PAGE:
You should be cycled if the tank has been setup already for 6 months or more. I’m unsure about the accuracy of your dip strips. Most recommend API’s liquid test kit for better readings.

    I don’t see any signs of ick on your fish.
     
  3. Hunter1

    Hunter1 Well Known Member Member

    Hopefully someone will come along and tell you if that is ick. I don’t know, my fish have never had it.

    I know some treat ick with heat, like raising the tank temperature to 82-84, but research before trying it.

    Do you know why you are showing nitrites and ammonia?

    At .5 each, you can treat with Prime for the entire tank to neutralize them.

    Nice, big swordtail, good luck.

    Edit: I didn’t see you were using test strips. I highly recommend the API master test kit. $25 on Amazon.
     




  4. OP
    OP
    Ms Bossy

    Ms Bossy New Member Member

    For whatever reason, all the Prime in the world can’t balance the ammonia. I’m seriously considering going to bottled aquarium water since it’s such a small tank. I can only assume that the issue is with my county’s water. Cram nearly 1million people into 437 sq. miles of space and there’s bound to be some water quality issues.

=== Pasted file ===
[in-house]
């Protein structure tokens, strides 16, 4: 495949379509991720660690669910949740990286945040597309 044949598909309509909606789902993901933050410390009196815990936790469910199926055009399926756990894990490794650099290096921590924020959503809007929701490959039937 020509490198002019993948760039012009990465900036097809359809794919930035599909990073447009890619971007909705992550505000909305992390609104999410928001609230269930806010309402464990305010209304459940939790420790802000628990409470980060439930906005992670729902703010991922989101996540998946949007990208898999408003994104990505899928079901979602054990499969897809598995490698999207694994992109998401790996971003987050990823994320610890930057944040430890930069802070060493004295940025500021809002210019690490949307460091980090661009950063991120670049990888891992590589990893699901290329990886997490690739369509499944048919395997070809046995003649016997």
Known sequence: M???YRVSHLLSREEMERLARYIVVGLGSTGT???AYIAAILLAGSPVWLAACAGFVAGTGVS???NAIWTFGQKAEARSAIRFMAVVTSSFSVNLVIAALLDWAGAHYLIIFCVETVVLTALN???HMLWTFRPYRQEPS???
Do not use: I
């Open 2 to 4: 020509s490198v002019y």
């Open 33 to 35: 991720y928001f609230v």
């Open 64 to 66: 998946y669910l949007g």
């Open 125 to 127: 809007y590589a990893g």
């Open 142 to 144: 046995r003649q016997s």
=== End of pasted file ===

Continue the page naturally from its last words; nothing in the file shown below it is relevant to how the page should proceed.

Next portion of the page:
I’ll definitely look into the master kit for testing because I don’t think these strips are very accurate.

    He’s got white spots on his back and tail fin that kind of protrude a little. Like grains of salt. This started after I battled white fuzzy globs growing on the plants and substrate last week.
    Still hard to see, but here are a couple pics.
    561AC05B-BD25-426E-B2B7-4D915E05AEE5.jpeg 7FF1A029-88EA-4B0E-9106-E86B9BC6B92C.jpeg 2550BBB7-400F-4712-9316-9AC6E4046462.jpeg
     
    Last edited by a moderator: Jul 11, 2018
  5. PhillyKev

    PhillyKev Valued Member Member